From what I've read (I'm no expert on it, though), 'true' fullscreen boosts fps a bit because somehow the graphics card can skip some steps/ignore every other application and throw the rendered image directly to the monitor - with a fullscreen borderless window it still has to check if any other windows are overlapping it, ui elements, os stuff, etc - some also theorize that the graphics card could be drawing the desktop and then the window on top of it, meaning it hits the pixel fill rate and such (I'm honestly not sure of the real reasons, again, I'm no expert and what I've read could be wrong as they were from people theorizing/discussing it on the internet, so the specific reasons could be incorrect).
However, it's not a placebo effect, as I've seen it on my computer as well, playing the new XCOM with a fullscreen borderless window results in a choppy framerate, and using the 'actual' fullscreen setting makes it much, much smoother - easily perceptibly so. It could just be the difference of tipping it a bit over the point where it can't handle 60fps, but it shows that it can make a noticeable effect, and we're talking about low-end laptops here where it's likely to be a problem.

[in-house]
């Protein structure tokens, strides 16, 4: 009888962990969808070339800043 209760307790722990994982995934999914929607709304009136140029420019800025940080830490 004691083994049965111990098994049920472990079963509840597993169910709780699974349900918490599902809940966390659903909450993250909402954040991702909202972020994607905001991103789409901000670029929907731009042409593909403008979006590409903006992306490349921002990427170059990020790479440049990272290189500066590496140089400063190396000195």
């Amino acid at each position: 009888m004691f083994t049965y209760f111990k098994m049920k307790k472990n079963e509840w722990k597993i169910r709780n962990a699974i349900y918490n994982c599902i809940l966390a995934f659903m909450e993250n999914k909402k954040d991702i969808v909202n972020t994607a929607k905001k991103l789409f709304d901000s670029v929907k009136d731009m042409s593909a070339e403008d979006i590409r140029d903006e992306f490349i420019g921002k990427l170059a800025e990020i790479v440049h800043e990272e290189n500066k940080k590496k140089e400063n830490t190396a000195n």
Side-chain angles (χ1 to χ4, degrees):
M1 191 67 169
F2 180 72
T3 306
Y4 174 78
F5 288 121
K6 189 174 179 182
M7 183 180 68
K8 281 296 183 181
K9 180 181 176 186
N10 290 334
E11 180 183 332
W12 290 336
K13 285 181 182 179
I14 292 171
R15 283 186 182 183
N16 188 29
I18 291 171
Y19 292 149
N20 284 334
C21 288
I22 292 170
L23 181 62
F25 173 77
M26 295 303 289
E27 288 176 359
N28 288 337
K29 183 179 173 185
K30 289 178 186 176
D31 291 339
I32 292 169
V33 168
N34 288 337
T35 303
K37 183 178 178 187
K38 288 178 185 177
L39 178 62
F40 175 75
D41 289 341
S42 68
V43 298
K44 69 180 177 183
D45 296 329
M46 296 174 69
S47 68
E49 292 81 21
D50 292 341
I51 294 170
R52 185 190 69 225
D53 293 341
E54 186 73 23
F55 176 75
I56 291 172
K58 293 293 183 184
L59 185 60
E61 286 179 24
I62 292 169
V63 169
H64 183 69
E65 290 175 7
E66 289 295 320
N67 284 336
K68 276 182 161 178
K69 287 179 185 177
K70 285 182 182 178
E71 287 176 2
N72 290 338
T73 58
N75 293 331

I don't know if it's possible or not, but it would be helpful if it is.
Edit: From http://gaming.stackexchange.com/questions/107028/is-there-a-difference-between-running-games-in-windowed-or-fullscreen-mode
"When an application runs in fullscreen mode, it runs in "exclusive mode". That means it has full and direct control over the screen output.
But when it runs in window mode, it needs to send its output to the window manager (windows explorer) which then manages where on the screen that output is drawn. This takes some additional performance. The performance penalty, however, is greatly reduced in newer version of windows."
That might explain why it's an issue on my machine, as it's running vista. In newer versions of windows it might be imperceptible.Arima2013-04-14 01:54:43